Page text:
(Left) An absence of HVVs dates this photograph of an Instructor applying the short circuit bar as his 'students' look on in awe! A voltmeter has also been placed on the conductor rail (connected to the negative return running rail) to prove the current has been isolated. Before the application is made, it was important to make certain that it was being applied to a clean area of rail to ensure a good contact. The short circuit bar was also heavily weighted in the handle area to ensure that the bar remained in contact with the conductor rail after application.
(Below) The end of the road...Gordon Edgar took this interesting shot of a forlorn-looking Sub Unit 4624 in Guildford Up Yard awaiting removal for scrapping on 15th March 1981. Click here to visit Gordon's excellent Flickr site.
ACCIDENT AT GUILDFORD - 1
A serious accident occurred at Guildford station No 1 platform (Down Bay) on 18th September 1953 when the Motorman became confused with the working of the brake and overshot the sand drag. The following extracts, photos and diagrams are reproduced here courtesy railways archives.co.uk.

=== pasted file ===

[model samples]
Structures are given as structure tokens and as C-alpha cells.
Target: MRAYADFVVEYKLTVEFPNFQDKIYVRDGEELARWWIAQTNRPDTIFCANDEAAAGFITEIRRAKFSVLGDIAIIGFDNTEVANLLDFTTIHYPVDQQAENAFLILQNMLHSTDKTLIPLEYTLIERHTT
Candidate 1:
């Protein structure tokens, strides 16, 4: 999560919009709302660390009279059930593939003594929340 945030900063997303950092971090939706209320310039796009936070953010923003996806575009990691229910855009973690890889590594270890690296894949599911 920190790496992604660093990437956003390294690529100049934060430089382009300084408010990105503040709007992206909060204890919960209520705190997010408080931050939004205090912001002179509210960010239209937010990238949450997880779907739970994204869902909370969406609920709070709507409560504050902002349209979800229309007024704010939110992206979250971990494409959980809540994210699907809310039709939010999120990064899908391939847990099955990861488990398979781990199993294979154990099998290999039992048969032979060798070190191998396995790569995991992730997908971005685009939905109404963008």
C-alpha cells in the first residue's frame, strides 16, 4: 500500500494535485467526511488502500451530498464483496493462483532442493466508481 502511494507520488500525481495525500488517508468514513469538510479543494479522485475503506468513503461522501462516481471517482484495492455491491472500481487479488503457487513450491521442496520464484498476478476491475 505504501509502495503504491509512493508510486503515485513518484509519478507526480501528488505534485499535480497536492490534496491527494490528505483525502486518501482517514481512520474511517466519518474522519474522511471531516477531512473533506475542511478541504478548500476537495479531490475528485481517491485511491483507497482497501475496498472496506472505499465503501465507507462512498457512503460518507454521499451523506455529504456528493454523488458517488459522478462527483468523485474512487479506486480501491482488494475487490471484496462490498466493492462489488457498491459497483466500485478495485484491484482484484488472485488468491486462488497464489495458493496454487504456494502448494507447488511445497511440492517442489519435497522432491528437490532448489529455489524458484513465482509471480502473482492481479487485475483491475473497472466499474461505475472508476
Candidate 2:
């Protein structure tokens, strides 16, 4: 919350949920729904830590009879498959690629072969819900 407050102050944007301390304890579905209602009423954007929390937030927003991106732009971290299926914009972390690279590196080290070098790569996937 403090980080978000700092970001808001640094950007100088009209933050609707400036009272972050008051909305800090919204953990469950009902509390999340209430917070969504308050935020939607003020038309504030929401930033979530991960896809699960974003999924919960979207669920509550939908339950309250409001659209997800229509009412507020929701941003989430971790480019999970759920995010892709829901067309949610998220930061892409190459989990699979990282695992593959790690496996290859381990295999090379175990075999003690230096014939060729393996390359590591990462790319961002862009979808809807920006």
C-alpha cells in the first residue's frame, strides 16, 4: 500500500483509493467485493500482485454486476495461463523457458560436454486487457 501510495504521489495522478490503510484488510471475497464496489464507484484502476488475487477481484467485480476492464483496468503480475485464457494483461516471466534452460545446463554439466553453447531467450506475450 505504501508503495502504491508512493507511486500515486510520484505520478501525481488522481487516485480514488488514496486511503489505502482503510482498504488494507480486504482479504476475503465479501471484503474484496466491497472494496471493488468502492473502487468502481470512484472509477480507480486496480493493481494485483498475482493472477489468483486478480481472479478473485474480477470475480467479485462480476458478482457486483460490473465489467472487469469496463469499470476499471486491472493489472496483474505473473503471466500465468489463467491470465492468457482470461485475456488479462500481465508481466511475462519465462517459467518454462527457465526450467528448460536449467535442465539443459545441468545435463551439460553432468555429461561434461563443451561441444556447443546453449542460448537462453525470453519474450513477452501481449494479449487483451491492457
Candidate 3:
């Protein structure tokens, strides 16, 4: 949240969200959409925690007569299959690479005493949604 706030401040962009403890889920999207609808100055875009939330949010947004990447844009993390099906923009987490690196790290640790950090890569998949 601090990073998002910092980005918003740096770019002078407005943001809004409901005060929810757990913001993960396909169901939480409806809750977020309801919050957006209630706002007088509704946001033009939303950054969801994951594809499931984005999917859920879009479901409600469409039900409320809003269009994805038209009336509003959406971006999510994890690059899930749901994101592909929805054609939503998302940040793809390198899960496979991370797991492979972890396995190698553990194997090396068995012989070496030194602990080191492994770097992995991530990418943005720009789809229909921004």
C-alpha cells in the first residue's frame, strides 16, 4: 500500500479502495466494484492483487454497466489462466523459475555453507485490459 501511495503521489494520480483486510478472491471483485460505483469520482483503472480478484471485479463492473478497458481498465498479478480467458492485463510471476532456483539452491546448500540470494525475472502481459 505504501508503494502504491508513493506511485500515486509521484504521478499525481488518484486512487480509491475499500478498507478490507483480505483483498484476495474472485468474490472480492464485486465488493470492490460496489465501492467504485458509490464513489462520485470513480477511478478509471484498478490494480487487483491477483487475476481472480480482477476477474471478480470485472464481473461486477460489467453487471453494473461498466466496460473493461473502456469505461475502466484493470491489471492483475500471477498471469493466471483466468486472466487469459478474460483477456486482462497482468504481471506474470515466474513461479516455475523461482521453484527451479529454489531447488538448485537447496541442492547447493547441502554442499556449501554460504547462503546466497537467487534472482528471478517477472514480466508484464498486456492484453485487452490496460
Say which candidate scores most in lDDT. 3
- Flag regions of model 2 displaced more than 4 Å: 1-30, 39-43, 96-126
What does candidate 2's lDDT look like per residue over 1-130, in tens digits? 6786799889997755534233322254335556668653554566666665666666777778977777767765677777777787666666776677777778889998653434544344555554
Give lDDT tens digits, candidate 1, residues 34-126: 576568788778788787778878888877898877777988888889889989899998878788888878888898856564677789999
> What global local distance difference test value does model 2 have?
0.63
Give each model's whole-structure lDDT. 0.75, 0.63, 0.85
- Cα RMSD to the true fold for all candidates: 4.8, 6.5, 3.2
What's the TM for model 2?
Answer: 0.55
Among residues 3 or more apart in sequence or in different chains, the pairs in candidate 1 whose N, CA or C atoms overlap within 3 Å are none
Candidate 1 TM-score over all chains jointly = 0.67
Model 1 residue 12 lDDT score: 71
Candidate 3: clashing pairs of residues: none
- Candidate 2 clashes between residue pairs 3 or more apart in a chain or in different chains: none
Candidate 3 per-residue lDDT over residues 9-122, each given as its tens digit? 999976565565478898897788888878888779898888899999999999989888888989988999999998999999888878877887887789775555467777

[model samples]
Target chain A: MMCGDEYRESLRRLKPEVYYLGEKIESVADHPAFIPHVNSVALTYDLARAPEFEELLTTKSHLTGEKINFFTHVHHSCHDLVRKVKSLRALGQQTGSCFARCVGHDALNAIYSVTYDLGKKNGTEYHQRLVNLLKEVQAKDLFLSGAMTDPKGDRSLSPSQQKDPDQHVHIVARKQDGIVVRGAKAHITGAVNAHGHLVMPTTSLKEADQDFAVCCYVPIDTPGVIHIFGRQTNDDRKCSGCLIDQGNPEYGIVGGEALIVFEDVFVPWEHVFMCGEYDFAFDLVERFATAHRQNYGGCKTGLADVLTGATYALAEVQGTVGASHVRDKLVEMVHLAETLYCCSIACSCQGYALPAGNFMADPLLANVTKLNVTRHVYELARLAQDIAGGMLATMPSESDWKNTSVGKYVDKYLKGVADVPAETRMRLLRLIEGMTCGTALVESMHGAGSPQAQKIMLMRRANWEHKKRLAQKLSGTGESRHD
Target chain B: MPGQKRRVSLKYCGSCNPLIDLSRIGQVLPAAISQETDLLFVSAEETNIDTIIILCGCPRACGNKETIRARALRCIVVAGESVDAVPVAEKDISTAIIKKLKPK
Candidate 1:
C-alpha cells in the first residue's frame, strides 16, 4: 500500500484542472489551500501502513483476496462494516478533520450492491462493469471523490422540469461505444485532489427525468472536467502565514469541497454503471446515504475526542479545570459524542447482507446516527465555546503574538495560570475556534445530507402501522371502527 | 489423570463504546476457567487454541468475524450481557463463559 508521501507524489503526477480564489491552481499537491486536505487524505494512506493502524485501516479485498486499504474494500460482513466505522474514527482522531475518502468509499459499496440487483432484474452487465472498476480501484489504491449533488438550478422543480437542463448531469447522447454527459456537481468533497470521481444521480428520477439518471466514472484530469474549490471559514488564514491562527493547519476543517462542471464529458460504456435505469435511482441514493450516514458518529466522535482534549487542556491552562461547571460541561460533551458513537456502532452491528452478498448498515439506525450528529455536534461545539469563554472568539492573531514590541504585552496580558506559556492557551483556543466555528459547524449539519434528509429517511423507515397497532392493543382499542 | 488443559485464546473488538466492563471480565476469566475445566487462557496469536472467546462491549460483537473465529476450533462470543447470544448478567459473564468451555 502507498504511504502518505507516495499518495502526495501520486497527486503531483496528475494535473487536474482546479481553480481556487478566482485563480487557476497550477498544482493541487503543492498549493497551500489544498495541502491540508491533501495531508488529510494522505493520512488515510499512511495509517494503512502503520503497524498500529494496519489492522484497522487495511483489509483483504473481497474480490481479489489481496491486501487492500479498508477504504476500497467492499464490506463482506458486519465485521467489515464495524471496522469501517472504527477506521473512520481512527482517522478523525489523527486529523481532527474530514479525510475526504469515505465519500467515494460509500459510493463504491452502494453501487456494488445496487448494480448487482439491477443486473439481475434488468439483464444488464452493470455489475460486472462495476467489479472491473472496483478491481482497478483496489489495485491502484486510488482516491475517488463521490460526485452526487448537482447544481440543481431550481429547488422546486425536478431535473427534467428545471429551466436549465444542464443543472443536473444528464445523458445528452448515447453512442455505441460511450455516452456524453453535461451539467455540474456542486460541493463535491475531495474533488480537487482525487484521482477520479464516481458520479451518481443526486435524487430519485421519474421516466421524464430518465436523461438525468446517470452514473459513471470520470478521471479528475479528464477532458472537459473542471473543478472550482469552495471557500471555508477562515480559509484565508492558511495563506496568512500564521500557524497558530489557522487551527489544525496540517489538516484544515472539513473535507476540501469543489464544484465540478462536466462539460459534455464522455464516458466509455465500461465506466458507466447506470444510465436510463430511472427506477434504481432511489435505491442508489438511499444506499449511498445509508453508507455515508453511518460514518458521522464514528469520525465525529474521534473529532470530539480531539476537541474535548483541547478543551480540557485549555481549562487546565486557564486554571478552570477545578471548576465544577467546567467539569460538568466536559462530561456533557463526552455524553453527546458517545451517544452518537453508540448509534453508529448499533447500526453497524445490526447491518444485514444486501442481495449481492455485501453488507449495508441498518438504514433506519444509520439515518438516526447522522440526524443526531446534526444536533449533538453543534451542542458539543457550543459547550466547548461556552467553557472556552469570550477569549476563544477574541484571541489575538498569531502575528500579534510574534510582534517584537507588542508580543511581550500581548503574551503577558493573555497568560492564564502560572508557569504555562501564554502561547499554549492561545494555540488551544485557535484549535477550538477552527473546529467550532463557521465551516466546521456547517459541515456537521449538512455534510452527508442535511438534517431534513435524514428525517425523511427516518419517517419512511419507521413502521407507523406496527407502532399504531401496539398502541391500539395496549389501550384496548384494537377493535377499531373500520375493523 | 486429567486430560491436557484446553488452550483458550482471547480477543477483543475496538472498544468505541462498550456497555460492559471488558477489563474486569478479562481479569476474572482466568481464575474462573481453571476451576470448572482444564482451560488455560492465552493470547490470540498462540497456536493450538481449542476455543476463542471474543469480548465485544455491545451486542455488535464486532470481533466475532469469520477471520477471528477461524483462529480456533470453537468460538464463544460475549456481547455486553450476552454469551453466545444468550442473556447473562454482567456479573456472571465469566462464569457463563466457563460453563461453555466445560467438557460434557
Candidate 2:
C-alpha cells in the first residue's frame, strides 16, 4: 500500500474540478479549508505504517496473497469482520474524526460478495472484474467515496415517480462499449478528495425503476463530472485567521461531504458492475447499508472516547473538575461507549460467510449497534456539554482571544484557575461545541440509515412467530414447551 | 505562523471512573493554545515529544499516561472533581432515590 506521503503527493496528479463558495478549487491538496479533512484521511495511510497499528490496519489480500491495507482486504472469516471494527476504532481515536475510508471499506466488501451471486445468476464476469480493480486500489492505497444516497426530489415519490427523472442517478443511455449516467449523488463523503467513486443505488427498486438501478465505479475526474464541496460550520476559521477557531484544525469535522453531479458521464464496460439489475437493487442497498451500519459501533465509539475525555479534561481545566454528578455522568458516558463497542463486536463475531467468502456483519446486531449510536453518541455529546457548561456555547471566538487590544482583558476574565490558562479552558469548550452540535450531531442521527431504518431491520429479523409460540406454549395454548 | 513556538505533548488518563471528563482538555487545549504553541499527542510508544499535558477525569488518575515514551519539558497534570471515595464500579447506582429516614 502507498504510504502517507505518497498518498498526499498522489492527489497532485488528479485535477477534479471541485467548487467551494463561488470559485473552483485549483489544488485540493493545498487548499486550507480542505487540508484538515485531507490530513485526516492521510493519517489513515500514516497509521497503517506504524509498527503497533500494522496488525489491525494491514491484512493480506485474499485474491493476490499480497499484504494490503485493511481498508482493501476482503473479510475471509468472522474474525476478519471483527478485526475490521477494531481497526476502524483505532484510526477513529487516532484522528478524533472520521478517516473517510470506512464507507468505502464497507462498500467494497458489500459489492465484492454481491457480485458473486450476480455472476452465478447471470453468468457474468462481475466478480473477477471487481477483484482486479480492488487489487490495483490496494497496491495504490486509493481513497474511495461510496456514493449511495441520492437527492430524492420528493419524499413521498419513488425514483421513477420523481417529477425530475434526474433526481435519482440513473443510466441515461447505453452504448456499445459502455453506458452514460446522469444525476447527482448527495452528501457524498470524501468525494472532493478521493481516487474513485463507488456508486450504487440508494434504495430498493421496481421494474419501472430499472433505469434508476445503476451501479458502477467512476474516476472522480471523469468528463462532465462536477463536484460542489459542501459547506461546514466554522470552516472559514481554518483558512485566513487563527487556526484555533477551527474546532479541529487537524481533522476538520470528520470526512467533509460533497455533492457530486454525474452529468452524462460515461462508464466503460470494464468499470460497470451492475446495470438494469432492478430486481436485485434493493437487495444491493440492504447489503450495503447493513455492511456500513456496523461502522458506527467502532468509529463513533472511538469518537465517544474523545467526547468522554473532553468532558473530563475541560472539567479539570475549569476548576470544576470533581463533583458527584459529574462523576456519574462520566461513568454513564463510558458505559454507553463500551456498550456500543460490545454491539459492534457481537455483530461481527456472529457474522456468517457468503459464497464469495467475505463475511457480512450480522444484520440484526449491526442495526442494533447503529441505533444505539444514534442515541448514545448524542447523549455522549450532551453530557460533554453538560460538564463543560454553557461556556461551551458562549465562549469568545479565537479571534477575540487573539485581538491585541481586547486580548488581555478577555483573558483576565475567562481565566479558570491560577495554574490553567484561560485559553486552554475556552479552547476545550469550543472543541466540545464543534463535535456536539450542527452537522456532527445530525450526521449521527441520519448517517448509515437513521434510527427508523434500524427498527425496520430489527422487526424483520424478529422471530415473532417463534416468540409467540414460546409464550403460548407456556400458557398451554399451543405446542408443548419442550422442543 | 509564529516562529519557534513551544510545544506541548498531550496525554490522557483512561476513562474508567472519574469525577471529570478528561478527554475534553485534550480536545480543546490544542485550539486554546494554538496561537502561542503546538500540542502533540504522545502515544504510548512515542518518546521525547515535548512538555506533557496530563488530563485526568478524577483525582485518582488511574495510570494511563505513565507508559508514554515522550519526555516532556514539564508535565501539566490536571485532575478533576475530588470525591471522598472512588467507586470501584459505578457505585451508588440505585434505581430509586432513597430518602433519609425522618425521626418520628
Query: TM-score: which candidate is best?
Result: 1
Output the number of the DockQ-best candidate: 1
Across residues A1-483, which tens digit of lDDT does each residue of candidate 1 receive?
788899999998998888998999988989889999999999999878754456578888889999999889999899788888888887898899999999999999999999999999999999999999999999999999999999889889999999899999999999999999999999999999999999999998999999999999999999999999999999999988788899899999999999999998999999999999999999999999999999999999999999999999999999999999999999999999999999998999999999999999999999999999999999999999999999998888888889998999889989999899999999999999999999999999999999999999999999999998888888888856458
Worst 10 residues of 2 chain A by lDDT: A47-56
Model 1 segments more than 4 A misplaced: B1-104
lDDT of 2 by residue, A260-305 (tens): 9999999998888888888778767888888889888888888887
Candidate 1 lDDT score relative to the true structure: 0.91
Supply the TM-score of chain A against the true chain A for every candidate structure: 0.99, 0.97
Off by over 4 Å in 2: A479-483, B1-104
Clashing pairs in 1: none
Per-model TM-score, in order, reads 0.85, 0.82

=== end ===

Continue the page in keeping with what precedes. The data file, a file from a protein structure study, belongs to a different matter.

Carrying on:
EXTRACTS FROM MOT REPORT
Chaired by Brigadier CA Langley
The 3.12 p.m. 8-coach electric passenger train from Waterloo to Guildford via Cobham, running under clear signals, entered No 1 Bay platform at a speed of about 25 mph but it failed to stop before reaching the sand drag at the end of the bay, where the first coach was dislodged from its bogies and was shot forward over the platform. It demolished the end wall of the station building and then passed through the Station Master's personal office, his Clerk's office and the Enquiry Lobby, finally coming to rest when the buffers hit the wall of the Fish Store alongside the Parcels Office. The front of the second coach was lifted off its leading bogie and was driven against the coach ahead, but the rest of the train remained on the rails.
Two passengers and five members of the railway staff were injured, including the Station Master and the relief Assistant Station Master. The Assistant Station Master succumbed to his injuries and died the following day.